Petitions for Review of Decisions of the United States Board of Tax Appeals.
Before ALSCHULER and SPARKS, Circuit Judges, and WILKERSON, District Judge.
ALSCHULER, Circuit Judge.
Petitioner seeks review of an order of redetermination of a deficiency in the estate tax of John T. Emery, deceased.
Decedent, a resident of Illinois, died December 25, 1921. April 21, 1920, the Illinois real estate here in question was deeded by the grantors to the decedent and Mary Allen Emery, his wife, "not in tenancy in common, but in joint tenancy." It does not appear that prior to the conveyance the wife had any title or ownership in the real estate, or that she made any contribution to its purchase.
It is not important whether the estate thus created be denominated a joint tenancy or a tenancy by the entirety; both are included in the taxing statute, and any distinction between them is not here material. For convenience we herein call it joint tenancy.
Respondent, the wife and executrix of decedent, included in her return of decedent's property for federal estate tax purposes one-half of the total value of $65,000 of this real estate. Petitioner maintains that the entire value of the property was includable in the gross estate of decedent. The Board of Tax Appeals found against petitioner's contention, declining to require the other one-half to be included in the return. The only question is as to the correctness of the Board's conclusion.
Decedent's death occurred while the Revenue Act of 1921 (42 Stat. 227) was in force, and the Board held that one-half of the estate granted by the joint tenancy deed of 1920 having been, by the terms of that deed, vested in the joint tenant Mary Allen Emery, now to tax the vested estate under the Revenue Act of 1921 would be giving to that statute retroactive effect, which would be contrary to the holding of the Supreme Court in Knox v. McElligott, 258 U.S. 546, 42 S. Ct. 396, 66 L. Ed. 760.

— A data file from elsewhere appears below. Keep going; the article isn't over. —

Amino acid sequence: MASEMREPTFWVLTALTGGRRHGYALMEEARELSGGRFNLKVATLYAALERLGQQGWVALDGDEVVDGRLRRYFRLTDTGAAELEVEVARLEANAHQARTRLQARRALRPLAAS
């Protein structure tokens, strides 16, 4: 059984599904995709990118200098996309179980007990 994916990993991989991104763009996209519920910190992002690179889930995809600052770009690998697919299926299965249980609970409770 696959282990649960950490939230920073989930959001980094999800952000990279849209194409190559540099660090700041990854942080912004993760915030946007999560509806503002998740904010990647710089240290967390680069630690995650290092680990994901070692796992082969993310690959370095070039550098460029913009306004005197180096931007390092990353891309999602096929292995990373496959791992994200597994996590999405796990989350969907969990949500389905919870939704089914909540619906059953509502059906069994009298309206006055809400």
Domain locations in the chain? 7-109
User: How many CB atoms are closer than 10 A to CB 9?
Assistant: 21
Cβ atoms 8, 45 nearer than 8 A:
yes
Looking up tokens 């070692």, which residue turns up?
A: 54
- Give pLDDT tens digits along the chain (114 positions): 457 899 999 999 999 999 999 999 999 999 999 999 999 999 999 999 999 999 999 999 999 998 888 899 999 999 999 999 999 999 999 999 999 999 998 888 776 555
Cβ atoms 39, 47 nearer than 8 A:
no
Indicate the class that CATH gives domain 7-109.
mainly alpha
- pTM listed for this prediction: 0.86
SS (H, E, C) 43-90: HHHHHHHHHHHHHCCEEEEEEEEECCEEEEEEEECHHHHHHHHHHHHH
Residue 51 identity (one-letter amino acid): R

This case dealt with a situation where the joint tenancy in husband and wife was created in 1912, at the time when there was no federal estate tax. The death of one of the joint tenants occurred in 1917, while the Revenue Act of 1916 (39 Stat. 756), creating an estate tax, was in force. This act provided:
"Sec. 201. That a tax (hereinafter in this title referred to as the tax), equal to the following percentages of the value of the net estate, to be determined as provided in section two hundred and three, is hereby imposed upon the transfer of the net estate of every decedent dying after the passage of this Act, whether a resident or nonresident of the United States. * * *
"Sec. 202. That the value of the gross estate of the decedent shall be determined by including the value at the time of his death of all property, real or personal, tangible or intangible, wherever situated: * * *
"(c) To the extent of the interest therein held jointly or as tenants in the entirety by the decedent and any other person, or deposited in banks or other institutions in their joint names and payable to either or the survivor, except such part thereof as may be shown to have originally belonged to such other person and never to have belonged to the decedent."
The Knox Case holds that to tax the entire joint estate as property of the decedent would be in effect taxing the half which before the act was passed had vested in the wife, and would be giving the 1916 act a retroactive effect, which would be unconstitutional, citing as basis for its opinion the decision in Shwab v. Doyle, 258 ...